Correct ResponseDo Not UseEnrofloxacin (dogs, 5-10 mg/kg PO every 24 hours [up to 20 mg/kg PO every 24 hours for up to 30 days, according to some sources]) is a bactericidal fluoroquinolone antibiotic FDA-approved for treatment of dogs with susceptible bacterial infections.8 Enrofloxacin generally has activity against many gram-negative cocci and bacilli (eg, Pasteurella aeruginosa, Escherichia coli, Klebsiella spp, Enterobacter spp, Proteus spp) and is active against Brucella spp, Mycoplasma spp, and some Mycobacterium spp.8 Because of concern for development of bacterial resistance, enrofloxacin should ideally only be used for bacteria in which culture and susceptibility results show susceptibility to enrofloxacin.

No data suggest antibiotics are beneficial for treatment of idiopathic vestibular disease. Antibiotics should not be given indiscriminately but may be considered if clinical signs or otoscopic evidence of otitis media/interna are present. Therapeutic concentrations are attained in bone, making enrofloxacin an acceptable antibiotic for otitis media/interna, but consideration should first be given to a lower tier antibiotic (eg, cephalosporins, amoxicillin/clavulanic acid).8 Adverse effects include GI distress (eg, inappetence, vomiting, diarrhea), which may be offset by concurrent use of probiotics. There have also been rare reports of elevated liver enzymes, lethargy, depression, ataxia, and seizures.8,9

PREDNISONE/PREDNISOLONE

Correct ResponseDo Not UsePrednisone and prednisolone are glucocorticoids with anti-inflammatory activity.

Patients with otitis media/interna and concurrent otitis externa or periauricular inflammation may benefit from short-term corticosteroids or NSAIDs, but routine use of prednisone/prednisolone is not recommended in patients with idiopathic vestibular disease, as there are no data demonstrating efficacy for this condition. In addition, prednisone may mask other underlying diseases, making it difficult to obtain a diagnosis if the patient does not improve or the initial presumptive diagnosis is incorrect.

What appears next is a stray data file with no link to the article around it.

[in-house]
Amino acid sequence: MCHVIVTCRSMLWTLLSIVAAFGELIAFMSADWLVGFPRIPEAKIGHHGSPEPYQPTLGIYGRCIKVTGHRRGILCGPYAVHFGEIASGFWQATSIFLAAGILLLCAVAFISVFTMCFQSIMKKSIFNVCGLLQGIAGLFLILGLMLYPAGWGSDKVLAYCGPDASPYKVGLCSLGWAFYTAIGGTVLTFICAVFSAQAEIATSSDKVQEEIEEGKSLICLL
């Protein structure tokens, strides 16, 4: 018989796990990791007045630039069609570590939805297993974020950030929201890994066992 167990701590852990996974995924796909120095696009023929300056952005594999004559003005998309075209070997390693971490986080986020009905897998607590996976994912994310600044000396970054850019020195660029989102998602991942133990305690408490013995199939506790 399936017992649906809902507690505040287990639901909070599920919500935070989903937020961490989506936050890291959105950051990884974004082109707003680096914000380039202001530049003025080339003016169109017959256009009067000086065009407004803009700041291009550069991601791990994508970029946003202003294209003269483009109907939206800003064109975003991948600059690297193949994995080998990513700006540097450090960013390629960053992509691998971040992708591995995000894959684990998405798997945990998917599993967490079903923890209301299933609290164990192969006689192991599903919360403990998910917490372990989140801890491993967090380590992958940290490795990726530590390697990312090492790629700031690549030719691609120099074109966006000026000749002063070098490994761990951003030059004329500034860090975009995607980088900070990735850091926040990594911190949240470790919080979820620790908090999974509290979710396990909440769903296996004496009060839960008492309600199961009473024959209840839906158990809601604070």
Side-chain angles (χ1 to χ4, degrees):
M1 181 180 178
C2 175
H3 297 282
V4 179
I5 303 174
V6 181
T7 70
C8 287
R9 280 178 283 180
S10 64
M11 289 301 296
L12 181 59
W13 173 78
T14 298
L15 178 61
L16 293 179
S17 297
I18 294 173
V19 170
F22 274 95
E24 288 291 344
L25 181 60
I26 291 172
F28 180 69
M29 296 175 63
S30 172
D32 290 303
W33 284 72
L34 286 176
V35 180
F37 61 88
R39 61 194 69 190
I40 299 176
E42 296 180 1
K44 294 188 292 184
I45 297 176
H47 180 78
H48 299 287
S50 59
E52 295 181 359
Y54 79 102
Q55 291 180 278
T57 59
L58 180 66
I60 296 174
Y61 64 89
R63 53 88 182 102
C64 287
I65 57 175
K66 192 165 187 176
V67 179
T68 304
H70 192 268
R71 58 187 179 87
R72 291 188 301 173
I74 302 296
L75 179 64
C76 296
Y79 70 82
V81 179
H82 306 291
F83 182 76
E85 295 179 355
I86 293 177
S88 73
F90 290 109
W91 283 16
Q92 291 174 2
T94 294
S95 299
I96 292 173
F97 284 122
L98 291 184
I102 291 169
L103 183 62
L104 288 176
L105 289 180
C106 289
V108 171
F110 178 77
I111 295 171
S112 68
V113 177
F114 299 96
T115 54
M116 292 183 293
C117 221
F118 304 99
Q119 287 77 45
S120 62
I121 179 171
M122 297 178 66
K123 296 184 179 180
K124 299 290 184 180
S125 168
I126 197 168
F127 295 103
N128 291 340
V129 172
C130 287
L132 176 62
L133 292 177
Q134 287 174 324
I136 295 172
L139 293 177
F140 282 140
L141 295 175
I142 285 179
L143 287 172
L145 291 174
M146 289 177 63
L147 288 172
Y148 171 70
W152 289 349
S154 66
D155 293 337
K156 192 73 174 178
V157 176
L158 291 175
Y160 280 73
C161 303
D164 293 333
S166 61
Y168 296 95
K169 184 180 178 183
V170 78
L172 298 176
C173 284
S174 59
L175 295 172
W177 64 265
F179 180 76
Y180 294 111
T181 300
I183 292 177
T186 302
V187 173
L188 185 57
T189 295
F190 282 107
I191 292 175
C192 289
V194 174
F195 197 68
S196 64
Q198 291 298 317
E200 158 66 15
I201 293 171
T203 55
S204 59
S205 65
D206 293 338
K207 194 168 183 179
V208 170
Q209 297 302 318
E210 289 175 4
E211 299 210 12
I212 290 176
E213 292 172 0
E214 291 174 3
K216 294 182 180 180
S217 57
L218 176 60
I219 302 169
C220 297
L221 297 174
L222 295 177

LEVOTHYROXINE

Correct ResponseDo Not UseLevothyroxine is a synthetic form of thyroxine used to treat hypothyroidism in dogs and, rarely, in cats (most often following thyroidectomy or radioiodine treatment).10 Hypothyroidism has been implicated in both peripheral and central vestibular dysfunction, but causality has not been proven, and concurrent hypothyroidism unrelated to vestibular dysfunction is possible. tT4 can be used as a screening tool but may be artificially low in patients with nonthyroidal illness (ie, euthyroid sick).

Levothyroxine is not indicated in patients with normal tT4, as hypothyroidism is unlikely the cause of vestibular dysfunction when tT4 is in the normal range. In patients with tT4 below the reference range, however, true hypothyroidism should be differentiated from euthyroid sick status via reduced free thyroxine, elevated thyroid-stimulating hormone, and possibly elevated thyroglobulin autoantibody levels prior to initiation of supplementation.

MELOXICAM

Correct ResponseDo Not UseMeloxicam is an NSAID FDA-approved for analgesia, as well as treatment of osteoarthritis and inflammatory conditions in dogs.11 No data suggest meloxicam or other NSAIDs expedite or improve the degree of recovery in patients with idiopathic vestibular disease.12